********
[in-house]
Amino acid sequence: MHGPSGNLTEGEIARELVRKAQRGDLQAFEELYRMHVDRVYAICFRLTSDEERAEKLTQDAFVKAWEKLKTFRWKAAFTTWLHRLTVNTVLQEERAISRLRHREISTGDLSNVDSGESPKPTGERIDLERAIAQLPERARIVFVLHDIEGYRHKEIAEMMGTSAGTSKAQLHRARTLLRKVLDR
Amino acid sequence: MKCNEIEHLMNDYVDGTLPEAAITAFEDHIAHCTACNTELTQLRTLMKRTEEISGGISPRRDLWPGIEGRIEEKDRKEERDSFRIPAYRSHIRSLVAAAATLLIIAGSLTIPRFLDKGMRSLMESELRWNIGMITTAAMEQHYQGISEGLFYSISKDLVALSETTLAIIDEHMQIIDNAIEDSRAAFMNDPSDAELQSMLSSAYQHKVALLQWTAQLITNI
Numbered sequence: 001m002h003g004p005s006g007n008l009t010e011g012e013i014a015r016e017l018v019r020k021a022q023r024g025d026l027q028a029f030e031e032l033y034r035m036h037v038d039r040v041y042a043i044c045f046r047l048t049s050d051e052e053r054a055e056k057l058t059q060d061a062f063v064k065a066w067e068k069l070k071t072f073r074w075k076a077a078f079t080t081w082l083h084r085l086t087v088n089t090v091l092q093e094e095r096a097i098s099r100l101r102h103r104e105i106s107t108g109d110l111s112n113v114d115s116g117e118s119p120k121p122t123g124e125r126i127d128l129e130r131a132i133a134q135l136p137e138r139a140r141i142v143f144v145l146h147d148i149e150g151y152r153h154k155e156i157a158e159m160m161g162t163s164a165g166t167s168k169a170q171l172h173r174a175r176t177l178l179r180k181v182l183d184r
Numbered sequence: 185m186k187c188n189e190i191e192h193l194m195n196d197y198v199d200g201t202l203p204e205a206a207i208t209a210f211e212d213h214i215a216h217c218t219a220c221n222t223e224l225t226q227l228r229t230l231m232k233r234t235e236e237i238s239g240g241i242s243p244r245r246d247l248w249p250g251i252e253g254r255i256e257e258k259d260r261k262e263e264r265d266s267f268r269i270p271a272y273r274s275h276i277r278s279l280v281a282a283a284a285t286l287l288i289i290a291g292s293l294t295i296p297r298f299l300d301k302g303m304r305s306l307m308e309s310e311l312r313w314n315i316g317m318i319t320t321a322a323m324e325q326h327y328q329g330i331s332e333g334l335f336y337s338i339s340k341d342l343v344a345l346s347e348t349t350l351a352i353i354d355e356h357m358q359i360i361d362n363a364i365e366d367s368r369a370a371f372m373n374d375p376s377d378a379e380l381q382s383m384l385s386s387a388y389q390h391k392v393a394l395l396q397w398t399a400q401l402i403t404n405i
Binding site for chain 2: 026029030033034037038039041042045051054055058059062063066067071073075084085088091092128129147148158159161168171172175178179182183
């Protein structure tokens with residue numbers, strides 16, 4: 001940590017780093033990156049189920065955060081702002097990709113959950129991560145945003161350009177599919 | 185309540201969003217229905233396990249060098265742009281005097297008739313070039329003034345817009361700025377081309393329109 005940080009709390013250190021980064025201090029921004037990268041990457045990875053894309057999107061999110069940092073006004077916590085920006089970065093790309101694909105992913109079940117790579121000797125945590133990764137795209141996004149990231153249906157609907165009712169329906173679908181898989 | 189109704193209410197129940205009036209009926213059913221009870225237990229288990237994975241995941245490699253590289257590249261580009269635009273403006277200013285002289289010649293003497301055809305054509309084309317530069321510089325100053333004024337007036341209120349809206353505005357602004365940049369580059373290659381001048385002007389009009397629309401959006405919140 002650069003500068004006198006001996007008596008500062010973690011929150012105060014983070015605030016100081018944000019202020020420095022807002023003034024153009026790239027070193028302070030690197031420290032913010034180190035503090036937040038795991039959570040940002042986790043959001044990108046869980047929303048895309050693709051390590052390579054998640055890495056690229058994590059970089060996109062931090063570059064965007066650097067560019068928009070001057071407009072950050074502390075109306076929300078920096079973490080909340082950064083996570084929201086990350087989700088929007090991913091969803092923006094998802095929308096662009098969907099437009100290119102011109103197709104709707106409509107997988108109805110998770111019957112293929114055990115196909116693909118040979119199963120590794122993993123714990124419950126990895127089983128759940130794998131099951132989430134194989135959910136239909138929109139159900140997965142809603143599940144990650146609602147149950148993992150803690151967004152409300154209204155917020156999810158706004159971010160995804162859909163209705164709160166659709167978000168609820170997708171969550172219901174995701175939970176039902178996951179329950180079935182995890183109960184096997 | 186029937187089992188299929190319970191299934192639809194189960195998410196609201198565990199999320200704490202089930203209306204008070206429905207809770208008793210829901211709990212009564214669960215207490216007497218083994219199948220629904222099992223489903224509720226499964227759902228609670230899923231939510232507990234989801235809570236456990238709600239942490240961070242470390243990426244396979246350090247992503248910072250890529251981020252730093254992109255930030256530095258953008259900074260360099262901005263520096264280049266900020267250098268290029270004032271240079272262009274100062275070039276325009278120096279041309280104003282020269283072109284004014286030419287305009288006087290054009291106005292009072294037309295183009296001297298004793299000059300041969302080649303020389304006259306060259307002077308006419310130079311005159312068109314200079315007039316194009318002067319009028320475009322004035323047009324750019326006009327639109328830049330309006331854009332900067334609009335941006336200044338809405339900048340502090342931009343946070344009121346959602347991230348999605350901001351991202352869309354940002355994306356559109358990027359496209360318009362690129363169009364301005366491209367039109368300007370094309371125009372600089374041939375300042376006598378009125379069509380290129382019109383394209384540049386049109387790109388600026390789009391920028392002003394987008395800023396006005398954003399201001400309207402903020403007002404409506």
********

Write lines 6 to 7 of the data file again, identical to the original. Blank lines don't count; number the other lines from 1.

Binding site for chain 2: 026029030033034037038039041042045051054055058059062063066067071073075084085088091092128129147148158159161168171172175178179182183
């Protein structure tokens with residue numbers, strides 16, 4: 001940590017780093033990156049189920065955060081702002097990709113959950129991560145945003161350009177599919 | 185309540201969003217229905233396990249060098265742009281005097297008739313070039329003034345817009361700025377081309393329109 005940080009709390013250190021980064025201090029921004037990268041990457045990875053894309057999107061999110069940092073006004077916590085920006089970065093790309101694909105992913109079940117790579121000797125945590133990764137795209141996004149990231153249906157609907165009712169329906173679908181898989 | 189109704193209410197129940205009036209009926213059913221009870225237990229288990237994975241995941245490699253590289257590249261580009269635009273403006277200013285002289289010649293003497301055809305054509309084309317530069321510089325100053333004024337007036341209120349809206353505005357602004365940049369580059373290659381001048385002007389009009397629309401959006405919140 002650069003500068004006198006001996007008596008500062010973690011929150012105060014983070015605030016100081018944000019202020020420095022807002023003034024153009026790239027070193028302070030690197031420290032913010034180190035503090036937040038795991039959570040940002042986790043959001044990108046869980047929303048895309050693709051390590052390579054998640055890495056690229058994590059970089060996109062931090063570059064965007066650097067560019068928009070001057071407009072950050074502390075109306076929300078920096079973490080909340082950064083996570084929201086990350087989700088929007090991913091969803092923006094998802095929308096662009098969907099437009100290119102011109103197709104709707106409509107997988108109805110998770111019957112293929114055990115196909116693909118040979119199963120590794122993993123714990124419950126990895127089983128759940130794998131099951132989430134194989135959910136239909138929109139159900140997965142809603143599940144990650146609602147149950148993992150803690151967004152409300154209204155917020156999810158706004159971010160995804162859909163209705164709160166659709167978000168609820170997708171969550172219901174995701175939970176039902178996951179329950180079935182995890183109960184096997 | 186029937187089992188299929190319970191299934192639809194189960195998410196609201198565990199999320200704490202089930203209306204008070206429905207809770208008793210829901211709990212009564214669960215207490216007497218083994219199948220629904222099992223489903224509720226499964227759902228609670230899923231939510232507990234989801235809570236456990238709600239942490240961070242470390243990426244396979246350090247992503248910072250890529251981020252730093254992109255930030256530095258953008259900074260360099262901005263520096264280049266900020267250098268290029270004032271240079272262009274100062275070039276325009278120096279041309280104003282020269283072109284004014286030419287305009288006087290054009291106005292009072294037309295183009296001297298004793299000059300041969302080649303020389304006259306060259307002077308006419310130079311005159312068109314200079315007039316194009318002067319009028320475009322004035323047009324750019326006009327639109328830049330309006331854009332900067334609009335941006336200044338809405339900048340502090342931009343946070344009121346959602347991230348999605350901001351991202352869309354940002355994306356559109358990027359496209360318009362690129363169009364301005366491209367039109368300007370094309371125009372600089374041939375300042376006598378009125379069509380290129382019109383394209384540049386049109387790109388600026390789009391920028392002003394987008395800023396006005398954003399201001400309207402903020403007002404409506």